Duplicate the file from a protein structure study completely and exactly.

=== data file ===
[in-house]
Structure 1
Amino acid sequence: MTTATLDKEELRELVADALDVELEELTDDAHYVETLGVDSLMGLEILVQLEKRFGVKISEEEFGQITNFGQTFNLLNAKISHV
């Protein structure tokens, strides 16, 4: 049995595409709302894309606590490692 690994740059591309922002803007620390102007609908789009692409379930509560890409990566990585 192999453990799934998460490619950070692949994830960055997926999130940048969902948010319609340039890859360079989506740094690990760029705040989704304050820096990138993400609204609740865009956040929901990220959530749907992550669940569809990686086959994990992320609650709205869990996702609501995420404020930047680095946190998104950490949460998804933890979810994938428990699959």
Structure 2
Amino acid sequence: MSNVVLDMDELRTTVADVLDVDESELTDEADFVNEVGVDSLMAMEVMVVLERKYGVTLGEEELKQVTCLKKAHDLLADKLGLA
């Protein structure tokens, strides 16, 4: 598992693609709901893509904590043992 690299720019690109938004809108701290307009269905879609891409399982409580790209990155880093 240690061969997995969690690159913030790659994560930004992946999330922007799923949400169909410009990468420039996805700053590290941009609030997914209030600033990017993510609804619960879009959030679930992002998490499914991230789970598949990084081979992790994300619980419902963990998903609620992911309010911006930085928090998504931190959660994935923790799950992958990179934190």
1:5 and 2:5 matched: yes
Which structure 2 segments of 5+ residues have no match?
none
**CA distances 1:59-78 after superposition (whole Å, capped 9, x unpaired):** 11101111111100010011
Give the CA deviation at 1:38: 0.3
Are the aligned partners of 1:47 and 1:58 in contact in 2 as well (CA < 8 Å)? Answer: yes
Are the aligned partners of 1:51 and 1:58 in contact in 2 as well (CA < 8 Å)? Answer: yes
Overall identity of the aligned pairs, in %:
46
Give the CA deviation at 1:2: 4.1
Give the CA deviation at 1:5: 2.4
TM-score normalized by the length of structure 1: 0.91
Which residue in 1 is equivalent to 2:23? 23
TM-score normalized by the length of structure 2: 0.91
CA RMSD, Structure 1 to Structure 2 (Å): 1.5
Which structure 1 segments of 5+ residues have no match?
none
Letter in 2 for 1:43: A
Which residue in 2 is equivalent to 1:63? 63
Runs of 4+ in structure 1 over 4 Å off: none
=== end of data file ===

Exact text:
[in-house]
Structure 1
Amino acid sequence: MTTATLDKEELRELVADALDVELEELTDDAHYVETLGVDSLMGLEILVQLEKRFGVKISEEEFGQITNFGQTFNLLNAKISHV
């Protein structure tokens, strides 16, 4: 049995595409709302894309606590490692 690994740059591309922002803007620390102007609908789009692409379930509560890409990566990585 192999453990799934998460490619950070692949994830960055997926999130940048969902948010319609340039890859360079989506740094690990760029705040989704304050820096990138993400609204609740865009956040929901990220959530749907992550669940569809990686086959994990992320609650709205869990996702609501995420404020930047680095946190998104950490949460998804933890979810994938428990699959």
Structure 2
Amino acid sequence: MSNVVLDMDELRTTVADVLDVDESELTDEADFVNEVGVDSLMAMEVMVVLERKYGVTLGEEELKQVTCLKKAHDLLADKLGLA
């Protein structure tokens, strides 16, 4: 598992693609709901893509904590043992 690299720019690109938004809108701290307009269905879609891409399982409580790209990155880093 240690061969997995969690690159913030790659994560930004992946999330922007799923949400169909410009990468420039996805700053590290941009609030997914209030600033990017993510609804619960879009959030679930992002998490499914991230789970598949990084081979992790994300619980419902963990998903609620992911309010911006930085928090998504931190959660994935923790799950992958990179934190």
1:5 and 2:5 matched: yes
Which structure 2 segments of 5+ residues have no match?
none
**CA distances 1:59-78 after superposition (whole Å, capped 9, x unpaired):** 11101111111100010011
Give the CA deviation at 1:38: 0.3
Are the aligned partners of 1:47 and 1:58 in contact in 2 as well (CA < 8 Å)? Answer: yes
Are the aligned partners of 1:51 and 1:58 in contact in 2 as well (CA < 8 Å)? Answer: yes
Overall identity of the aligned pairs, in %:
46
Give the CA deviation at 1:2: 4.1
Give the CA deviation at 1:5: 2.4
TM-score normalized by the length of structure 1: 0.91
Which residue in 1 is equivalent to 2:23? 23
TM-score normalized by the length of structure 2: 0.91
CA RMSD, Structure 1 to Structure 2 (Å): 1.5
Which structure 1 segments of 5+ residues have no match?
none
Letter in 2 for 1:43: A
Which residue in 2 is equivalent to 1:63? 63
Runs of 4+ in structure 1 over 4 Å off: none